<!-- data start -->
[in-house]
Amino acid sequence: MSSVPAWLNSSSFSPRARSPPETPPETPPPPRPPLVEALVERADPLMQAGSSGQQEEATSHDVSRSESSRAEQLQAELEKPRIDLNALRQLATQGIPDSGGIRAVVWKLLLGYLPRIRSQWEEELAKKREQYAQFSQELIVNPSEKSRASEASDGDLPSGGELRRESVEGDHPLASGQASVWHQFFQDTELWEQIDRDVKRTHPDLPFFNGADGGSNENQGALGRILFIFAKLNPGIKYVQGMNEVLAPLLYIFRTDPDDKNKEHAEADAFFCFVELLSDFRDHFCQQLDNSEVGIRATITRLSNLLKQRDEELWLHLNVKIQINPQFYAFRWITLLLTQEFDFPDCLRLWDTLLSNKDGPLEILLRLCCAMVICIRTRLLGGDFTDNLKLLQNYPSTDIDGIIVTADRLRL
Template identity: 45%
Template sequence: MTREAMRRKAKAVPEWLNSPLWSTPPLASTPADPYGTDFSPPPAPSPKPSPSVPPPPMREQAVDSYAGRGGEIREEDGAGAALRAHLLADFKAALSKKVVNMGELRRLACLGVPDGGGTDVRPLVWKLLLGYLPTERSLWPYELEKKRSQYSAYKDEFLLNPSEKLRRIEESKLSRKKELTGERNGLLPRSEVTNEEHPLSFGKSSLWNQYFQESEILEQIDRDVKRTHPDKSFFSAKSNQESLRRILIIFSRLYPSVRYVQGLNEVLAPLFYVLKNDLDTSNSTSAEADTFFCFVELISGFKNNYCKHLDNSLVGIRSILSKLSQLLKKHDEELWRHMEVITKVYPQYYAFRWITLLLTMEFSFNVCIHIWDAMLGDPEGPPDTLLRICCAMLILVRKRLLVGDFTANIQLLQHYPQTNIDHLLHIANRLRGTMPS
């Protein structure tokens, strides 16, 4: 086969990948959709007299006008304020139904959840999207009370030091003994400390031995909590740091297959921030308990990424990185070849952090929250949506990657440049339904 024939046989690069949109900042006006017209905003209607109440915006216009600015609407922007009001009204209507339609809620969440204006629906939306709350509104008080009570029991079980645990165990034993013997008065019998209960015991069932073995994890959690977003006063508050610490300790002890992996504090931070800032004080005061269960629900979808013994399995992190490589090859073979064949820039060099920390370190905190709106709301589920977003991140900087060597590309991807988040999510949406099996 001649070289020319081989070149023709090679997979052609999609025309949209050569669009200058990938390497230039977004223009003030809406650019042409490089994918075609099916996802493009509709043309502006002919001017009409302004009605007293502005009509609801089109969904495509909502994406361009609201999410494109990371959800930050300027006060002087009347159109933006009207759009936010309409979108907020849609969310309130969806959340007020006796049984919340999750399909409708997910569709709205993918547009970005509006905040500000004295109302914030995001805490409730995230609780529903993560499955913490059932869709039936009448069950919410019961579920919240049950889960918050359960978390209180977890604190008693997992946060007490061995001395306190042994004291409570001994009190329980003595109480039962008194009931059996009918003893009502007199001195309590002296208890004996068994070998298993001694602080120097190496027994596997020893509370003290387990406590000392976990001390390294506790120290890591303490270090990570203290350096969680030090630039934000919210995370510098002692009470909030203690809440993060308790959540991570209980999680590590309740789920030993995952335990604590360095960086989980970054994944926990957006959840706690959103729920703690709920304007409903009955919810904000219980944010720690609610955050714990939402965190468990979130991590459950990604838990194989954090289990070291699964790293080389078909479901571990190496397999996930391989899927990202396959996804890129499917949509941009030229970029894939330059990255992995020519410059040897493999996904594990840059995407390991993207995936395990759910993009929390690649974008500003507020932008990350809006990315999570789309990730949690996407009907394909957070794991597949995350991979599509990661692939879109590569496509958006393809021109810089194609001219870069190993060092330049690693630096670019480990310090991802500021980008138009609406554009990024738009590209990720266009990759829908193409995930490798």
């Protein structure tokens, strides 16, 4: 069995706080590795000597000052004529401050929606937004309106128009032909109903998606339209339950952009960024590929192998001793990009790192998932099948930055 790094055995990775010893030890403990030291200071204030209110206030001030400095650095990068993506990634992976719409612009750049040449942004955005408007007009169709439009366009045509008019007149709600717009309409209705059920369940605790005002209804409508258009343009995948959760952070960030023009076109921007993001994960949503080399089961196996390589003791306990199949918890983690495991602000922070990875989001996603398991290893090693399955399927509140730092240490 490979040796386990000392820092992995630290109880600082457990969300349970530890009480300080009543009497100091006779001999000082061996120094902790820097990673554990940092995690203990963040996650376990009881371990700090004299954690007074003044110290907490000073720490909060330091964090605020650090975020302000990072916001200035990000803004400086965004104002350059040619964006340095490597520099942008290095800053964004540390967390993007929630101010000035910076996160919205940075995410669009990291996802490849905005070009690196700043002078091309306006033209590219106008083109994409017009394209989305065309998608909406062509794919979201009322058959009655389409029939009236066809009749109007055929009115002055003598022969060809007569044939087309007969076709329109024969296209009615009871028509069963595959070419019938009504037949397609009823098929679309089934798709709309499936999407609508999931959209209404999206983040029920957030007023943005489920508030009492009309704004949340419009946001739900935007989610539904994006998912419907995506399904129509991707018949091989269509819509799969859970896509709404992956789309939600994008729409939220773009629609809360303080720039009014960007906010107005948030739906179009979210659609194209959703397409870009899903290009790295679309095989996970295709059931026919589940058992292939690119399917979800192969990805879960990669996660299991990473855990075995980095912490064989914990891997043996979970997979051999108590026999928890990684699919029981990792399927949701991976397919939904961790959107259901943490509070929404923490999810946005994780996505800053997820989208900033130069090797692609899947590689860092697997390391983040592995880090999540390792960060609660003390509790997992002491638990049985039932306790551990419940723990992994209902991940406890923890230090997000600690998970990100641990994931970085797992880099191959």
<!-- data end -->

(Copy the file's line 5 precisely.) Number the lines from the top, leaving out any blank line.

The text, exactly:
């Protein structure tokens, strides 16, 4: 086969990948959709007299006008304020139904959840999207009370030091003994400390031995909590740091297959921030308990990424990185070849952090929250949506990657440049339904 024939046989690069949109900042006006017209905003209607109440915006216009600015609407922007009001009204209507339609809620969440204006629906939306709350509104008080009570029991079980645990165990034993013997008065019998209960015991069932073995994890959690977003006063508050610490300790002890992996504090931070800032004080005061269960629900979808013994399995992190490589090859073979064949820039060099920390370190905190709106709301589920977003991140900087060597590309991807988040999510949406099996 001649070289020319081989070149023709090679997979052609999609025309949209050569669009200058990938390497230039977004223009003030809406650019042409490089994918075609099916996802493009509709043309502006002919001017009409302004009605007293502005009509609801089109969904495509909502994406361009609201999410494109990371959800930050300027006060002087009347159109933006009207759009936010309409979108907020849609969310309130969806959340007020006796049984919340999750399909409708997910569709709205993918547009970005509006905040500000004295109302914030995001805490409730995230609780529903993560499955913490059932869709039936009448069950919410019961579920919240049950889960918050359960978390209180977890604190008693997992946060007490061995001395306190042994004291409570001994009190329980003595109480039962008194009931059996009918003893009502007199001195309590002296208890004996068994070998298993001694602080120097190496027994596997020893509370003290387990406590000392976990001390390294506790120290890591303490270090990570203290350096969680030090630039934000919210995370510098002692009470909030203690809440993060308790959540991570209980999680590590309740789920030993995952335990604590360095960086989980970054994944926990957006959840706690959103729920703690709920304007409903009955919810904000219980944010720690609610955050714990939402965190468990979130991590459950990604838990194989954090289990070291699964790293080389078909479901571990190496397999996930391989899927990202396959996804890129499917949509941009030229970029894939330059990255992995020519410059040897493999996904594990840059995407390991993207995936395990759910993009929390690649974008500003507020932008990350809006990315999570789309990730949690996407009907394909957070794991597949995350991979599509990661692939879109590569496509958006393809021109810089194609001219870069190993060092330049690693630096670019480990310090991802500021980008138009609406554009990024738009590209990720266009990759829908193409995930490798």